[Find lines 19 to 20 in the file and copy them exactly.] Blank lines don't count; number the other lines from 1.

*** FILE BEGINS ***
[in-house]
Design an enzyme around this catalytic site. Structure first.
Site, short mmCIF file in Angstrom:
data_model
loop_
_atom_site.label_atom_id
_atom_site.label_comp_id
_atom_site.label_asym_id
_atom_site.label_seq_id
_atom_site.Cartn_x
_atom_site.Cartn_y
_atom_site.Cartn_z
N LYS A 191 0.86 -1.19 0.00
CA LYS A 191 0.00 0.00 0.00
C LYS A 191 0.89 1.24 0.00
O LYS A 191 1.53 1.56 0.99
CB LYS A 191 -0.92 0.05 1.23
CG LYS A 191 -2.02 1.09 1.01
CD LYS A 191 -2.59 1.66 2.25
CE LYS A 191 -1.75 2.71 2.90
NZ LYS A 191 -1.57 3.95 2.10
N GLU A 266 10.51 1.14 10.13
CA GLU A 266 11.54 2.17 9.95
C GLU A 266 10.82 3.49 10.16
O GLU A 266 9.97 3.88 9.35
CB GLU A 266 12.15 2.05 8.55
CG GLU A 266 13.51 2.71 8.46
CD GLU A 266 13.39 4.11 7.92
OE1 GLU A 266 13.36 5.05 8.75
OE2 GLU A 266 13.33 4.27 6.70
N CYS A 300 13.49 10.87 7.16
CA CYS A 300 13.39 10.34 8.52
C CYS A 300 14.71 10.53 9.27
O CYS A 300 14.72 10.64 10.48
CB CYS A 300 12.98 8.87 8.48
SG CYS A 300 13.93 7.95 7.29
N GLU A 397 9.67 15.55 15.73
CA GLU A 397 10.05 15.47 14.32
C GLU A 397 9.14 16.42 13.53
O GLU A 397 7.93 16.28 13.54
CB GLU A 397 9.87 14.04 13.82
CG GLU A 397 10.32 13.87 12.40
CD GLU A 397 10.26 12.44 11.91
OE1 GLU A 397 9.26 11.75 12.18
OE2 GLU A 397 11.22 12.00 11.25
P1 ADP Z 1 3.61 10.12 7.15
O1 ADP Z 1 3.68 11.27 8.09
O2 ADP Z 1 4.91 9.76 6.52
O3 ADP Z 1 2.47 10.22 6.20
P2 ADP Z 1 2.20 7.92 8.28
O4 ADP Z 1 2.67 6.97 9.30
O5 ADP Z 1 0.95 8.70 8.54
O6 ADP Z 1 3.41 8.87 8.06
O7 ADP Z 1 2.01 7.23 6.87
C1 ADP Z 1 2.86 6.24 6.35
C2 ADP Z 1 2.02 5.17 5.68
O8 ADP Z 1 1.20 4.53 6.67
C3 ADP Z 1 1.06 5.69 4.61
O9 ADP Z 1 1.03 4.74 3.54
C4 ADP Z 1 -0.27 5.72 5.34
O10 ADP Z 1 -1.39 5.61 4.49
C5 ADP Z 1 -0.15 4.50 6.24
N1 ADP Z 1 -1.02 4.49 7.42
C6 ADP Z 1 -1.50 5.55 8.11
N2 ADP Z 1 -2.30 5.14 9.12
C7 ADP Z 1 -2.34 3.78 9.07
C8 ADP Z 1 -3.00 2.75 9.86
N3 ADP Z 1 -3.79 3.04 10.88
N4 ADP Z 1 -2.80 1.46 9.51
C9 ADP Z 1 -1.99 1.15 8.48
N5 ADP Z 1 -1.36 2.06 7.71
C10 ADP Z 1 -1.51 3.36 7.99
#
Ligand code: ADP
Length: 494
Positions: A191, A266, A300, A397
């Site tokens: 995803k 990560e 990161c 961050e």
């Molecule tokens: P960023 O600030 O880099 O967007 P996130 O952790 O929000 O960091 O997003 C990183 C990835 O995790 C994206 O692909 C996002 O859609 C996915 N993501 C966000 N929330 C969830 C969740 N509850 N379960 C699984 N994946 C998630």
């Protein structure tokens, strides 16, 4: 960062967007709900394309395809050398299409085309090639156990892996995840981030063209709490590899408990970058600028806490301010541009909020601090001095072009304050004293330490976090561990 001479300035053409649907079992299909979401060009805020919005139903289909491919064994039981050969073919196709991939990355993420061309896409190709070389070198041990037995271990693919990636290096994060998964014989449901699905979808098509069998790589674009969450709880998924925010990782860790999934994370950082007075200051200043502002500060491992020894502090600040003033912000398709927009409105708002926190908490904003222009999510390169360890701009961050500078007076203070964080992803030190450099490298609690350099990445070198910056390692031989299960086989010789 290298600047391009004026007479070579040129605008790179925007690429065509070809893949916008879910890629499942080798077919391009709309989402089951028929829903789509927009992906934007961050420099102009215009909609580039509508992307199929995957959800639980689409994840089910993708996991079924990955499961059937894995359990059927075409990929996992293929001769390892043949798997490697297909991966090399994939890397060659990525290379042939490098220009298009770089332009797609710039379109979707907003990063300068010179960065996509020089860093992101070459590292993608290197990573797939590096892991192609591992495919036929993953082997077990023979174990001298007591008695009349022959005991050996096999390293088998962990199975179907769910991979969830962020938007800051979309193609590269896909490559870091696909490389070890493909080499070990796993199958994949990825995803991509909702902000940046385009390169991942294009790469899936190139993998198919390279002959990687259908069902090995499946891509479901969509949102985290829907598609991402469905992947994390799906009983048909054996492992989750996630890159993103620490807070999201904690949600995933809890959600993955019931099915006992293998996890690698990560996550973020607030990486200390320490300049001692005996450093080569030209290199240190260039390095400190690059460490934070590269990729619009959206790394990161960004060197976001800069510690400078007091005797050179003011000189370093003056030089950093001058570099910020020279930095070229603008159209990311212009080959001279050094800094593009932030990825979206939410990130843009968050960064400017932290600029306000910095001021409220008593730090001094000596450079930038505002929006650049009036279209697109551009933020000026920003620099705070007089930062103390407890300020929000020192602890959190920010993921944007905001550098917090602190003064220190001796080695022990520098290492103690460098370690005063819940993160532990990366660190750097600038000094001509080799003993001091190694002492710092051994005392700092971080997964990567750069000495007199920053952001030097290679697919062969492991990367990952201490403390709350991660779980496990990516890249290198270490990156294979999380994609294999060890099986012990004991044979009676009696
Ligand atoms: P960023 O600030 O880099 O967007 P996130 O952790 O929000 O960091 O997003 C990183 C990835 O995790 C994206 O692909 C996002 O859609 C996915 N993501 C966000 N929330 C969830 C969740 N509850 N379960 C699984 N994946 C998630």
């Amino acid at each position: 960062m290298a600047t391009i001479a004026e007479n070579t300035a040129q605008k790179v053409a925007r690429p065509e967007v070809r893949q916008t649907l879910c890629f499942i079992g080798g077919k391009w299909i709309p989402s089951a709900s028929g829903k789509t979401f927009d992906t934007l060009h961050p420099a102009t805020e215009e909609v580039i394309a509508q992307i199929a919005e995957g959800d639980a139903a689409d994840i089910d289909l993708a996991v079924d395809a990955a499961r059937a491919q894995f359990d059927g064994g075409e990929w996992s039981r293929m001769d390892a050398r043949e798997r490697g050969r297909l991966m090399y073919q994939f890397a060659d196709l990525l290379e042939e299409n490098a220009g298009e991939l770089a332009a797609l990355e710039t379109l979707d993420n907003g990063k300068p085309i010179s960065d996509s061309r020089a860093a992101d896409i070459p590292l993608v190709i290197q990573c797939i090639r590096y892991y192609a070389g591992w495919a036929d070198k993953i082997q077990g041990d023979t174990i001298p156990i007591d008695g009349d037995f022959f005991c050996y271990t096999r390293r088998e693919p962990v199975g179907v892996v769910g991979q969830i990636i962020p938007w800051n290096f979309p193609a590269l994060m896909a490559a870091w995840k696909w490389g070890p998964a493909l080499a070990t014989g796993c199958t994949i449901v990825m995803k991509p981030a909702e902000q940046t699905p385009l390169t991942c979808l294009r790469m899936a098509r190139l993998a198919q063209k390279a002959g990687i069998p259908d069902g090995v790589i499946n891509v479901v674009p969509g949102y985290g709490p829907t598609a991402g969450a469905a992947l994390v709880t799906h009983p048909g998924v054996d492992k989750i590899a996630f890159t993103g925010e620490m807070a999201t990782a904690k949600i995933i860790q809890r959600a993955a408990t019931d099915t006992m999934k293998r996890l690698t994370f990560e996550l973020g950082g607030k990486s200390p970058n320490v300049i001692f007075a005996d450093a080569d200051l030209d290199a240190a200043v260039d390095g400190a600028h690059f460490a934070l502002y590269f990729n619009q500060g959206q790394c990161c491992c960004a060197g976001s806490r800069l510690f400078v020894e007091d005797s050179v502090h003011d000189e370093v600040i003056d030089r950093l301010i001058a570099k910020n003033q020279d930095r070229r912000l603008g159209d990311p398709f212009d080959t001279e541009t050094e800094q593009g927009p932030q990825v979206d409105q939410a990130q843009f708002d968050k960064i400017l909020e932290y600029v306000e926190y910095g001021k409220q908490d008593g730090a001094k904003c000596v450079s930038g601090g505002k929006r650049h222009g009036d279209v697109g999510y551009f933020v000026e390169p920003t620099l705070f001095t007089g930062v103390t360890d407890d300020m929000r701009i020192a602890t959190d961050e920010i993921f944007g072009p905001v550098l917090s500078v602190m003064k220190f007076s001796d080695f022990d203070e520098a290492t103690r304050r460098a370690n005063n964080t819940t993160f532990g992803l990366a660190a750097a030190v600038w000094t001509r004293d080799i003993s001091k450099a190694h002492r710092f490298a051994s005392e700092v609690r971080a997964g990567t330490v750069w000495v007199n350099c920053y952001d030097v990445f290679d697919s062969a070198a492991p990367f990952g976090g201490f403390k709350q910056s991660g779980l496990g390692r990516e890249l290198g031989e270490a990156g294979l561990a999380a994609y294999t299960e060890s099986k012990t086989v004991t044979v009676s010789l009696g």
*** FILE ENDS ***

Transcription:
CD LYS A 191 -2.59 1.66 2.25
CE LYS A 191 -1.75 2.71 2.90